i want to talk to youabout the future of medicine. but before i do that, i want to talka little bit about the past. now, throughout muchof the recent history of medicine, we've thought about illness and treatment in terms of a profoundly simple model. in fact, the model is so simple that you could summarize it in six words: have disease, take pill, kill something. now, the reasonfor the dominance of this model
is of course the antibiotic revolution. many of you might not know this,but we happen to be celebrating the hundredth year of the introductionof antibiotics into the united states. but what you do know is that that introductionwas nothing short of transformative. here you had a chemical,either from the natural world or artificially synthesizedin the laboratory, and it would course through your body, it would find its target,
lock into its target -- a microbe or some part of a microbe -- and then turn off a lock and a key with exquisite deftness,exquisite specificity. and you would end up takinga previously fatal, lethal disease -- a pneumonia, syphilis, tuberculosis -- and transforming thatinto a curable, or treatable illness. you have a pneumonia, you take penicillin,
you kill the microbe and you cure the disease. so seductive was this idea, so potent the metaphor of lock and key and killing something, that it really swept through biology. it was a transformation like no other. and we've really spent the last 100 years trying to replicate that modelover and over again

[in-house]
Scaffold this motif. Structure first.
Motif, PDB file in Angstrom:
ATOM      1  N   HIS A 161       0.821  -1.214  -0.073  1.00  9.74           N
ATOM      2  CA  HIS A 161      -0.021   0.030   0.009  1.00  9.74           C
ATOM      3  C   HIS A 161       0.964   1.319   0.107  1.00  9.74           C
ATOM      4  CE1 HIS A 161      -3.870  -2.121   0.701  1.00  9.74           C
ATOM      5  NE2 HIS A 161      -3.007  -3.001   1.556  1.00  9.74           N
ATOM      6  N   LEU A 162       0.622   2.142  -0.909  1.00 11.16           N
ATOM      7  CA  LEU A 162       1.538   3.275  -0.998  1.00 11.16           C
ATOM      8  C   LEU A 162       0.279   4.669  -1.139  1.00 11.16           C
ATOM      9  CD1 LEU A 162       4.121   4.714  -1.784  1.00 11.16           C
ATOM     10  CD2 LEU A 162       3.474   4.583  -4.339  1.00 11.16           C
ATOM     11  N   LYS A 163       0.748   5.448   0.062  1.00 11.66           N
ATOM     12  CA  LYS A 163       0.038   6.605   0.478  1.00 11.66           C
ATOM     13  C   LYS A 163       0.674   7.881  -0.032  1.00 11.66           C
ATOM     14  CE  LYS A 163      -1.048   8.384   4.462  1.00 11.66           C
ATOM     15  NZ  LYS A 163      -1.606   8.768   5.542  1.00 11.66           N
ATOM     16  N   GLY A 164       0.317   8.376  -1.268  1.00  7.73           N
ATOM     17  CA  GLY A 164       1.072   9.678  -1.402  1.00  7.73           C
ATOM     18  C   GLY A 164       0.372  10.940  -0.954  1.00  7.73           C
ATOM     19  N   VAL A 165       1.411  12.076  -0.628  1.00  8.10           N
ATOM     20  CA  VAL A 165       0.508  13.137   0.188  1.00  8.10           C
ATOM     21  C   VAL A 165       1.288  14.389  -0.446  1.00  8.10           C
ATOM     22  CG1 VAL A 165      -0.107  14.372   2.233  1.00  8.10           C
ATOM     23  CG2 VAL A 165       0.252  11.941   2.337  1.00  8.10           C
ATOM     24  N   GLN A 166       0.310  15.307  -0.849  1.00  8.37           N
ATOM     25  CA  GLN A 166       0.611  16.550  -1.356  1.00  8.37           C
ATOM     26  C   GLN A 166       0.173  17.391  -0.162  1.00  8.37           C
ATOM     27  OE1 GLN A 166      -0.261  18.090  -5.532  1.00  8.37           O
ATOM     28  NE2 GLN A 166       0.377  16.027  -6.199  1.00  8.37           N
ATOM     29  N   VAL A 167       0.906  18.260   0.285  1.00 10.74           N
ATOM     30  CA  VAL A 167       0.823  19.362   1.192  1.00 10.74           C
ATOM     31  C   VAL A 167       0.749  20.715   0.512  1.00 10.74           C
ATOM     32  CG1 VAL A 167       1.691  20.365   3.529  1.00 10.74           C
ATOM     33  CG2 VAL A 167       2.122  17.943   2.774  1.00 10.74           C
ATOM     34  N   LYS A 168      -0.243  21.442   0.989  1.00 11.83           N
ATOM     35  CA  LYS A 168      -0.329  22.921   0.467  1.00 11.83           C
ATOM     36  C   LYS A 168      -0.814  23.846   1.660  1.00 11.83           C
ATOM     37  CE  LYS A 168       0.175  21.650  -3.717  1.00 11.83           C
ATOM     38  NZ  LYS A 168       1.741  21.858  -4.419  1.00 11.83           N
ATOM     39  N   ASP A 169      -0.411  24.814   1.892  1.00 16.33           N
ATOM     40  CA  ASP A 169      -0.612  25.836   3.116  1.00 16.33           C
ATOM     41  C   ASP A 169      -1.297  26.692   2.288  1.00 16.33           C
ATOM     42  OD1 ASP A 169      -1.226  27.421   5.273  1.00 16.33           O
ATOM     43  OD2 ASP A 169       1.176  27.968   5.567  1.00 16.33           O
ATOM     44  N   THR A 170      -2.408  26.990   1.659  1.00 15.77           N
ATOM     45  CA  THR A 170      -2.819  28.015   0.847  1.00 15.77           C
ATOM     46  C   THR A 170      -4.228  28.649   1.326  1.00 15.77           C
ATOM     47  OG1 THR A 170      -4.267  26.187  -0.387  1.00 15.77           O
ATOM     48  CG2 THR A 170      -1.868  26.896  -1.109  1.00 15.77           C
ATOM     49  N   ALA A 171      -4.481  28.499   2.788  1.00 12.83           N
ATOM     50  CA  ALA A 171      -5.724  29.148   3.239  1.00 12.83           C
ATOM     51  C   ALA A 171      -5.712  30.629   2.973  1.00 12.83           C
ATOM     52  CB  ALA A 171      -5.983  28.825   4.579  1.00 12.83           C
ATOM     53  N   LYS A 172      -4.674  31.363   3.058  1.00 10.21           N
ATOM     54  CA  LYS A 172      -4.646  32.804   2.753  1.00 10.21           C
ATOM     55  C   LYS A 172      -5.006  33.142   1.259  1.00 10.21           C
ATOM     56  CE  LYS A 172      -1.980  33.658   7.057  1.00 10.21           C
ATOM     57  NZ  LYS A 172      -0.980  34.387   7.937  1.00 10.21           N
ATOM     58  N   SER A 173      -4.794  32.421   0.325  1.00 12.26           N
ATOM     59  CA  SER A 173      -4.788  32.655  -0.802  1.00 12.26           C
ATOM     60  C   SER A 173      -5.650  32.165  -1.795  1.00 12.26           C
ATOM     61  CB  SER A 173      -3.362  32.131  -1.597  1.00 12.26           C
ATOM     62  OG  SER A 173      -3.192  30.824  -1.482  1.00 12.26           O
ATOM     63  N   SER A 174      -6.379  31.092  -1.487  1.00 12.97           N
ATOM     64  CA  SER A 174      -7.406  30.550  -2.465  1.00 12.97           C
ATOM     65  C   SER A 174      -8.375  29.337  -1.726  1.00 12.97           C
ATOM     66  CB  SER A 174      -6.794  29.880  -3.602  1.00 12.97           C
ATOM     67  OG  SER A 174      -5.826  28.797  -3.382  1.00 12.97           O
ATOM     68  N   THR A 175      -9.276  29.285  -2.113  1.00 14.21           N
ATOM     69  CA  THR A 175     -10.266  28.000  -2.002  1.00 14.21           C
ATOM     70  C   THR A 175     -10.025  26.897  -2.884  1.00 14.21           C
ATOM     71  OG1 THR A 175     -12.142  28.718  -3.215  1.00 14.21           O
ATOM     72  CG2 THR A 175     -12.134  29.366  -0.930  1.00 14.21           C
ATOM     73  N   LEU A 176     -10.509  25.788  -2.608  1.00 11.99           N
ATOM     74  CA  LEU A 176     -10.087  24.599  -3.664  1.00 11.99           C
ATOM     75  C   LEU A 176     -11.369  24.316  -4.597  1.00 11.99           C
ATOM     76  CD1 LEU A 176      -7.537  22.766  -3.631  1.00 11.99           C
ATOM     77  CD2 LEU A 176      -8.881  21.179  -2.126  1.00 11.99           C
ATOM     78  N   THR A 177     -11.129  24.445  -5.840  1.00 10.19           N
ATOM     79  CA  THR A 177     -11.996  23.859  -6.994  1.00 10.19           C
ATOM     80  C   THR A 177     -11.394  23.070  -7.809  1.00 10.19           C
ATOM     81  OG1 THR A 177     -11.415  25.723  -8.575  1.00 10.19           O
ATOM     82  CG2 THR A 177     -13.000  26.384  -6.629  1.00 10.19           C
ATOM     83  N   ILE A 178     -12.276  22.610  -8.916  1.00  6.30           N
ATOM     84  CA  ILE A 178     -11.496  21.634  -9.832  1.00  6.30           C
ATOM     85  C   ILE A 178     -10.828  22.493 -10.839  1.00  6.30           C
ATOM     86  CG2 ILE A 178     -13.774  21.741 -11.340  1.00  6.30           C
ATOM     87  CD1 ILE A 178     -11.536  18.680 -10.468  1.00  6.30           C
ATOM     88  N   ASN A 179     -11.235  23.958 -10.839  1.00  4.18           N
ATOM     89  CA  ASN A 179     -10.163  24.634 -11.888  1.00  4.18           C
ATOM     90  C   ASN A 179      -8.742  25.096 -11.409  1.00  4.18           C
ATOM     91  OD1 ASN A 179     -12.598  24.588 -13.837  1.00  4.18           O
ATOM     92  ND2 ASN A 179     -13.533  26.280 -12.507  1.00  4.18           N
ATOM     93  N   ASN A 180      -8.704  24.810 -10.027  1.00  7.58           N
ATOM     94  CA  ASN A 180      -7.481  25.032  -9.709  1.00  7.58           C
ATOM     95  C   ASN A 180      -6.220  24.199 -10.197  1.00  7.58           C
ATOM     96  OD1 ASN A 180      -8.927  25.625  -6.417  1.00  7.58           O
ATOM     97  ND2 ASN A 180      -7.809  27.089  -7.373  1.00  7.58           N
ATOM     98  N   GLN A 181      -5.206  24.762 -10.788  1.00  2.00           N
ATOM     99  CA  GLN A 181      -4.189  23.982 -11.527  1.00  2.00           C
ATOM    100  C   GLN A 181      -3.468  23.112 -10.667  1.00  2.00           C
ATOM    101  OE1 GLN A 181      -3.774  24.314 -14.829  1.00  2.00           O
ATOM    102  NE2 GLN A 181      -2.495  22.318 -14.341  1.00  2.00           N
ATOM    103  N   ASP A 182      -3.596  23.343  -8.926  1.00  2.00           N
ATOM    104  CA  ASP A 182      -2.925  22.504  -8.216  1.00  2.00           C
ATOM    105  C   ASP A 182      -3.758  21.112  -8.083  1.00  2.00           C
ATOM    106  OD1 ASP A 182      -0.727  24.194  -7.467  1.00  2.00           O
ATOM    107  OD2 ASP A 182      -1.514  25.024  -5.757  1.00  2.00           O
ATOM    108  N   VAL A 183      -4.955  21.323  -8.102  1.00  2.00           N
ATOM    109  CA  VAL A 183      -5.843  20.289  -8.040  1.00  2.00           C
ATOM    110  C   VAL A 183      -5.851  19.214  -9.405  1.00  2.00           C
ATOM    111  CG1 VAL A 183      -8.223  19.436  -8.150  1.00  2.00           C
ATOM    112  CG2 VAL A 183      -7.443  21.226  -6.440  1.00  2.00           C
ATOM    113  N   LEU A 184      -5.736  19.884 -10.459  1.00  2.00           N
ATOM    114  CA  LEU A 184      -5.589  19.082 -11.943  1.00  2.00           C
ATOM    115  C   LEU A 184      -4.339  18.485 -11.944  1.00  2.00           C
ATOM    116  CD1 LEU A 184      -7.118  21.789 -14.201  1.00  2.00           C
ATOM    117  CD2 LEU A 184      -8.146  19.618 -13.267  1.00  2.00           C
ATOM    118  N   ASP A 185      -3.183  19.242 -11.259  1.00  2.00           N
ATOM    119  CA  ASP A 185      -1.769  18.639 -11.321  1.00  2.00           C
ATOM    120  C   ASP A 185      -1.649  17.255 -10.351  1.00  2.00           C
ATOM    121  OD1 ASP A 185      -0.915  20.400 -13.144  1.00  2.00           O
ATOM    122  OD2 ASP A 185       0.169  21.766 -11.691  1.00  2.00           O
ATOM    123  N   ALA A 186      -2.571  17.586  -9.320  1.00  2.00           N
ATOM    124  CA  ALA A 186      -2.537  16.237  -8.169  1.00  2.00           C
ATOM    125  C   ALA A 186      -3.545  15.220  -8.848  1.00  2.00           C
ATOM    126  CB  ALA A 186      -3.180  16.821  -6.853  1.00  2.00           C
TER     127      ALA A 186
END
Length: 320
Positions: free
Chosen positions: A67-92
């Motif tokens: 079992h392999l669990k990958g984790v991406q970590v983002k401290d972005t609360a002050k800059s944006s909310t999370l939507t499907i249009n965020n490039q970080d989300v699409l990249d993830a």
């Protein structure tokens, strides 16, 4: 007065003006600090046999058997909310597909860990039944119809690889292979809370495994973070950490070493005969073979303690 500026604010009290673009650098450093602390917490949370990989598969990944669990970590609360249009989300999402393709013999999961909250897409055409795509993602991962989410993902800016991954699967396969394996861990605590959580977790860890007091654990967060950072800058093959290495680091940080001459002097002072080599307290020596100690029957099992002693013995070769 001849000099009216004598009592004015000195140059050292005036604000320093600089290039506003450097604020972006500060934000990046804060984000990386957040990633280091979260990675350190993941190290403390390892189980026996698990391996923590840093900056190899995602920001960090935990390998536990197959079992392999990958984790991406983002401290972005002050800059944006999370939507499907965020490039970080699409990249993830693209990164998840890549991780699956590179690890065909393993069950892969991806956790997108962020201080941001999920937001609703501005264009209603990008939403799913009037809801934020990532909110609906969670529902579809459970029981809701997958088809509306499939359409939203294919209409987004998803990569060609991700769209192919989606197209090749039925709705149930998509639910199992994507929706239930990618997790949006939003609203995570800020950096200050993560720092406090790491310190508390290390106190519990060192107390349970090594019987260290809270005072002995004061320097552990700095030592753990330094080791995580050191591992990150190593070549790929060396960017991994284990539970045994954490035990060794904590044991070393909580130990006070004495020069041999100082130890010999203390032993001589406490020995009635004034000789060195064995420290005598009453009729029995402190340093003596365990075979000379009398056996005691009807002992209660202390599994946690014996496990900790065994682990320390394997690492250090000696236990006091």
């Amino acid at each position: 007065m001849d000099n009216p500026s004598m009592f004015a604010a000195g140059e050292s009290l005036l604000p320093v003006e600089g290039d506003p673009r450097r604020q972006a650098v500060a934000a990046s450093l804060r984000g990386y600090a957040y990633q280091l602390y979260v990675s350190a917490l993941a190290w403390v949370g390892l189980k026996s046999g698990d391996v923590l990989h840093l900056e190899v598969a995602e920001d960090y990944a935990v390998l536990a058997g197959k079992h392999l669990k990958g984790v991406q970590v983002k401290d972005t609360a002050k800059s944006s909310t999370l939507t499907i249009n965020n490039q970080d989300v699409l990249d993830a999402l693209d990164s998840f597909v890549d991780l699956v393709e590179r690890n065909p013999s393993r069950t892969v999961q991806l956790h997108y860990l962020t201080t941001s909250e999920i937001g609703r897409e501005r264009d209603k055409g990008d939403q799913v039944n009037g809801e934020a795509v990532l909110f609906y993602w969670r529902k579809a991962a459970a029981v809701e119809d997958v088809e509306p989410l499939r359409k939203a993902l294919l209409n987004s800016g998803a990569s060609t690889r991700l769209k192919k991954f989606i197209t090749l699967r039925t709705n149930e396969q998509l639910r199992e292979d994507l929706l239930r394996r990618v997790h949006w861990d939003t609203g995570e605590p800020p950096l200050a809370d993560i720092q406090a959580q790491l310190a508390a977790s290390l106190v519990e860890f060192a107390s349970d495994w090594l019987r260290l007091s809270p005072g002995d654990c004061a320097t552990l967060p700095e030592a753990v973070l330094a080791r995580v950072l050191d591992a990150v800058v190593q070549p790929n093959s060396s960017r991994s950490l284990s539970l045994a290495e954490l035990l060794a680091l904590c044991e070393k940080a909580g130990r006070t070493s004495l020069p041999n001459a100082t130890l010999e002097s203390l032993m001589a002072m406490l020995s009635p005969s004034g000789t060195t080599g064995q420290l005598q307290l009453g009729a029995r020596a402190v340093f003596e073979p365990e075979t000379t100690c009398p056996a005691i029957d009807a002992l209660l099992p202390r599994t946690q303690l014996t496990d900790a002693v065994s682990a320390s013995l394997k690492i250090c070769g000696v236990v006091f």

in noninfectious diseases, in chronic diseases like diabetesand hypertension and heart disease. and it's worked,but it's only worked partly. let me show you. you know, if you take the entire universe of all chemical reactionsin the human body, every chemical reactionthat your body is capable of, most people think that that numberis on the order of a million. let's call it a million.
and now you ask the question, what number or fraction of reactions can actually be targeted by the entire pharmacopoeia,all of medicinal chemistry? that number is 250. the rest is chemical darkness. in other words, 0.025 percentof all chemical reactions in your body are actually targetableby this lock and key mechanism. you know, if you thinkabout human physiology
as a vast global telephone network with interacting nodesand interacting pieces, then all of our medicinal chemistry is operating on one tiny corner at the edge, the outer edge,of that network. it's like all of ourpharmaceutical chemistry is a pole operator in wichita, kansas who is tinkering with about10 or 15 telephone lines. so what do we do about this idea?
what if we reorganized this approach? in fact, it turns outthat the natural world gives us a sense of how onemight think about illness in a radically different way, rather than disease, medicine, target. in fact, the natural worldis organized hierarchically upwards, not downwards, but upwards, and we begin with a self-regulating,semi-autonomous unit called a cell. these self-regulating,semi-autonomous units
give rise to self-regulating,semi-autonomous units called organs, and these organs coalesceto form things called humans, and these organismsultimately live in environments, which are partly self-regulatingand partly semi-autonomous. what's nice about this scheme,this hierarchical scheme building upwards rather than downwards, is that it allows usto think about illness as well in a somewhat different way. take a disease like cancer.
since the 1950s, we've tried rather desperately to applythis lock and key model to cancer. we've tried to kill cells using a variety of chemotherapiesor targeted therapies, and as most of us know, that's worked. it's worked for diseases like leukemia. it's worked for some formsof breast cancer, but eventually you runto the ceiling of that approach. and it's only in the last 10 years or so